What’s the best way of draining pasta? Some use pots with strainers while others swear that you could just use a normal pot and scoop them out with a spider. Either way, the word “best” is subjective. Should you really get a dedicated pasta pot with a strainer? I’ve seen people use a normal pot lid and leave a tiny gap and it works just fine. With practice, you’ll master this technique and will no longer dump pasta onto the sink. There are great pasta pots with strainers and perhaps the biggest shopping consideration you’ll be looking at is the pot’s size. Regular pots work well but these best pasta pots with strainers we’ll be looking at will certainly outlive their usefulness.
Faberware 8 qt stainless steel – the best pasta pot with strainer
Aluminum is arguably the most efficient cookware material in terms of heat conduction. However, it’s easily discolored and isn’t durable, perhaps due to its light nature. In this pot, an aluminium layer is sandwiched by two stainless steel ones making it sturdy and durable. This manufacturing technique is known as cladding. The stainless steel exterior is polished ensuring that the pasta gum is easy to clean off even without a dishwasher. The aluminium layer at the core of this pot facilitates for even heat distribution to the pasta you’re making ensuring that there will be no hot spots or uncooked parts.
Unlike most pasta pots designed to be used with a separate strainer, this unit comes with a colander lid with differently-sized holes so that you can strain the pasta straight from the pot. The two riveted handles have a comfortable feel to them and its rather impressive that they stay cool even when cooking on high heat.
Cook n Home 8 quart
In this multipot set from a California-based manufacturer, you get a stockpot, a vegetable steamer, a pasta strainer and tempered glass lid that lets you see how well your pasta is boiling without letting the steam out. All pieces are made from stainless steel celebrated for its durability. Stainless steel is no match for aluminum’s fast heat conduction and retention and that’s why it sandwiches and aluminum core. This aluminum disc however, is only at the base and doesn’t extend to the handles.
The 8-quart pot is large enough to make pasta for 10 without batching. The steamer and pasts strainer insert certainly make cleaning this set easy. The deep steamer is fairly large and will steam a generous amount of vegetables. Even though you could make hard boiled eggs, pasta and spaghetti with this pot, you have to be careful as boiling water tends to foam and get to the pot’s top or strainer. This is mitigated by reducing the stove’s heat or by opening the lid to let the steam out.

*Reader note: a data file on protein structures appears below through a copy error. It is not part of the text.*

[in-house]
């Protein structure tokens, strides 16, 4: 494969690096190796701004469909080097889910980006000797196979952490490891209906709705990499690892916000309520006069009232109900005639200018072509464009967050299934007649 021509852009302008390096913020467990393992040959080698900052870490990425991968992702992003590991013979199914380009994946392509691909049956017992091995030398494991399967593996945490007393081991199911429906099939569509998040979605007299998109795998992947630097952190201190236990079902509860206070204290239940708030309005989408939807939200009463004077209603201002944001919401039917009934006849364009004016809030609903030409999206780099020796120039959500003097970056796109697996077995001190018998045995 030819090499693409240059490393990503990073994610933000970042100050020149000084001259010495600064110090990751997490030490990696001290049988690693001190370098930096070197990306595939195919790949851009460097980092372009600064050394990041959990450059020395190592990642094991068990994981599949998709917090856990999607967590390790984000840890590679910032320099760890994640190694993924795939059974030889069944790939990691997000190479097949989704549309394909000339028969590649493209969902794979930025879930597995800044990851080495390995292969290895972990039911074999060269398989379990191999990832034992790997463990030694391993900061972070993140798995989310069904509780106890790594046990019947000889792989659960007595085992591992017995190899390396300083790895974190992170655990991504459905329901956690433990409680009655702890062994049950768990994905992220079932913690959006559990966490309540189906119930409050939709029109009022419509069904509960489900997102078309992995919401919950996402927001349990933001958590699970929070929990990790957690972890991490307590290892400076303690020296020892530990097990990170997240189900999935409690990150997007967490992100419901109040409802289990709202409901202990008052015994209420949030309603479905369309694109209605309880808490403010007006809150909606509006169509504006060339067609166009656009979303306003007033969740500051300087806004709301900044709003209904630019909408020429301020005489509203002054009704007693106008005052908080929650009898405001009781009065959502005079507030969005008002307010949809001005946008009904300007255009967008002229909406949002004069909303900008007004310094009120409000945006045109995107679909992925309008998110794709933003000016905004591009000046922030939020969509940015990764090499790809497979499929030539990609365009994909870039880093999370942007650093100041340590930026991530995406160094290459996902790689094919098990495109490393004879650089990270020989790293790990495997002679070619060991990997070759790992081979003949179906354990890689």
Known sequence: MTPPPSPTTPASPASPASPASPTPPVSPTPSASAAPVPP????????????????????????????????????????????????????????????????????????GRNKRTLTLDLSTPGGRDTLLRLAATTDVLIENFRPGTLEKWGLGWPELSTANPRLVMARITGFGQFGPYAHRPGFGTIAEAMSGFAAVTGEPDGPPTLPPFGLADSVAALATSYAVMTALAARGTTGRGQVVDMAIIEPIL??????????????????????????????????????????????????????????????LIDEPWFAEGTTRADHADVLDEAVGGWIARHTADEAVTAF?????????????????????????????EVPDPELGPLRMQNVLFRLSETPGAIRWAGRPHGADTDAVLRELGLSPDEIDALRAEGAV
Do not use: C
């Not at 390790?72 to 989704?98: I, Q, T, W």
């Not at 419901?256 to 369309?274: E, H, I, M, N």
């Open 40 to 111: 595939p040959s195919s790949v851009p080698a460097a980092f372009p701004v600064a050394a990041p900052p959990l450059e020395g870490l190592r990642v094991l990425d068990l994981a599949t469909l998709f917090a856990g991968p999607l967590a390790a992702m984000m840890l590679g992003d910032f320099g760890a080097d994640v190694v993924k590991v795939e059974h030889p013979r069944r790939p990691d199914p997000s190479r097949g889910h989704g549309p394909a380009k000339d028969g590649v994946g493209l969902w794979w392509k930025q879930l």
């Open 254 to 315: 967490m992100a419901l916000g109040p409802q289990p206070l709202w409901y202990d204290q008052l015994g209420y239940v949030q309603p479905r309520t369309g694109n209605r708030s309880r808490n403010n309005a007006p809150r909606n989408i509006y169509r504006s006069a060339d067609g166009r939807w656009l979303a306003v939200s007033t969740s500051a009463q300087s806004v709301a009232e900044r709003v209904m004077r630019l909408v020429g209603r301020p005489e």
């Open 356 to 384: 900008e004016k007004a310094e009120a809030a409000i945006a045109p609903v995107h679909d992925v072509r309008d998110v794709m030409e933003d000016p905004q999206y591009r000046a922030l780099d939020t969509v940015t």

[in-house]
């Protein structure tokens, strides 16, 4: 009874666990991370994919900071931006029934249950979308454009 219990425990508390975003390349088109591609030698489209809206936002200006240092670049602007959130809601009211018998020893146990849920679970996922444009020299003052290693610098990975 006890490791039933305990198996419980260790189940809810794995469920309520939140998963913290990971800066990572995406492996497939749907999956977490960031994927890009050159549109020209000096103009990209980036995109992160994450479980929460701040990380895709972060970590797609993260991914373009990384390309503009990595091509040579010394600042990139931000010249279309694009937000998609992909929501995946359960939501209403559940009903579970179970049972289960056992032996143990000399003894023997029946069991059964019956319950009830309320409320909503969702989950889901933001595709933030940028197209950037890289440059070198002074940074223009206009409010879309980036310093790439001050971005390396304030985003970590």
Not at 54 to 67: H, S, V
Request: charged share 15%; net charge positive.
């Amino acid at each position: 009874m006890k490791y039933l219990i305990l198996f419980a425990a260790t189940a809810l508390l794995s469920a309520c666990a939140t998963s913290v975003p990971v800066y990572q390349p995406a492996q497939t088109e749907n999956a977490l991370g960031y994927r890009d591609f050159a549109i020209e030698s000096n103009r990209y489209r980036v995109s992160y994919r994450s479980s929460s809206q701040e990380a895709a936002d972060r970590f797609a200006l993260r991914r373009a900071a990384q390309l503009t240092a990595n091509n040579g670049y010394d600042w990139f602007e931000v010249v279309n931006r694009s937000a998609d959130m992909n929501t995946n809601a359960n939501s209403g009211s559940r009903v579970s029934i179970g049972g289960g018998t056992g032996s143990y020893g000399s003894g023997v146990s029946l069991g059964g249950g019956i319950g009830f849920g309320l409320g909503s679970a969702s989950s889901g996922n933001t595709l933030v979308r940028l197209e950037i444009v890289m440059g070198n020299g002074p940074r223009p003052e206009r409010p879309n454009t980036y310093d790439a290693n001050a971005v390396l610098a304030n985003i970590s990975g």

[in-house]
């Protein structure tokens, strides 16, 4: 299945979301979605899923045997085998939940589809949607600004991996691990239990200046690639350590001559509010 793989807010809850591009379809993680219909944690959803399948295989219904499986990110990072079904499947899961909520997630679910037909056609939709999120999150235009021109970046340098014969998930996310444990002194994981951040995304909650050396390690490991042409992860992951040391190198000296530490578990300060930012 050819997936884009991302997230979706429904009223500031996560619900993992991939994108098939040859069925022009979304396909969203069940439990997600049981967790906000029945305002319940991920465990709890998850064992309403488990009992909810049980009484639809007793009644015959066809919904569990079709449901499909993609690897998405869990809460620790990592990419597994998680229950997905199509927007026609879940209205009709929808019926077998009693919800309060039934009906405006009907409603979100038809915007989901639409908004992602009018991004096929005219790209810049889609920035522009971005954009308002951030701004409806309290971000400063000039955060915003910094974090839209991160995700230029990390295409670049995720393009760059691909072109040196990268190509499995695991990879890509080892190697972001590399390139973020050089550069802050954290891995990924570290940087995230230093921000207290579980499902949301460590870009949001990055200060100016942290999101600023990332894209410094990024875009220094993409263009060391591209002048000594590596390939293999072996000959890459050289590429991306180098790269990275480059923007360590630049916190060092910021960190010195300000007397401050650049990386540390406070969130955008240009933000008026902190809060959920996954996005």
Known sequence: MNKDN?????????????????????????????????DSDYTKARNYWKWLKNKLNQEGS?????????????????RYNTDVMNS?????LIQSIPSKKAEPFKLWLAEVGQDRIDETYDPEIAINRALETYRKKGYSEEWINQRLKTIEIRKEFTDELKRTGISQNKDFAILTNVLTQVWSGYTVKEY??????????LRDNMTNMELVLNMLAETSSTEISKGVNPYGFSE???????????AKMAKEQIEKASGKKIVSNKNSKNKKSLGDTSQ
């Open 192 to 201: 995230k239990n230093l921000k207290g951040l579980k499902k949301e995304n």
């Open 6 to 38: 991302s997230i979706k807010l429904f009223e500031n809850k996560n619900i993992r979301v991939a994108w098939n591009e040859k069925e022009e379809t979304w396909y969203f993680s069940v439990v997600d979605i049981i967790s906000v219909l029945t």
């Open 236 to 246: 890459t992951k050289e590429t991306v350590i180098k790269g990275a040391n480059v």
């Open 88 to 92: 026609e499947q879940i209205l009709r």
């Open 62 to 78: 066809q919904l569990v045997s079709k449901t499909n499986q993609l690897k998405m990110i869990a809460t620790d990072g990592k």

This dishwasher safe pot can be used an almost all types of stoves – ceramic, electric and even halogen ones as it has a flat bottom for even heat distribution. It’s not oven safe however. This isn’t a deal breaker though as I’m yet to come across a pasta recipe that requires the pasta to be finished off in the oven.
Cuisinart pasta steamer set.
All pieces in this set are made from stainless steel and this is certainly a good thing as it never degrades over time. With an elegant champagne coating or shiny stainless steel exterior choice, this set will certainly refresh your kitchen. This 12 quart pot will make enough pasta for 25 – seriously. In this set you’ll get an airtight lid, a vegetable steamer and a spaghetti strainer. This unit is dishwasher safe and oven safe up to 550 degrees Fahrenheit too.
Colander or pasta insert?
How do I strain pasta without losing it to the sink and without a strainer? You’ll need to be patient and leave space that’s large enough for the water to flow through and small enough not to let the out. Give it time as its impossible to drain a whole pot in under 30 seconds. You could buy a strainer too. Just ensure that you don’t get a plastic one as it may get burnt by the hot pasta water.
TIP: If you leave more than a few drops of water after straining pasta, it will turn soggy and lose flavor.
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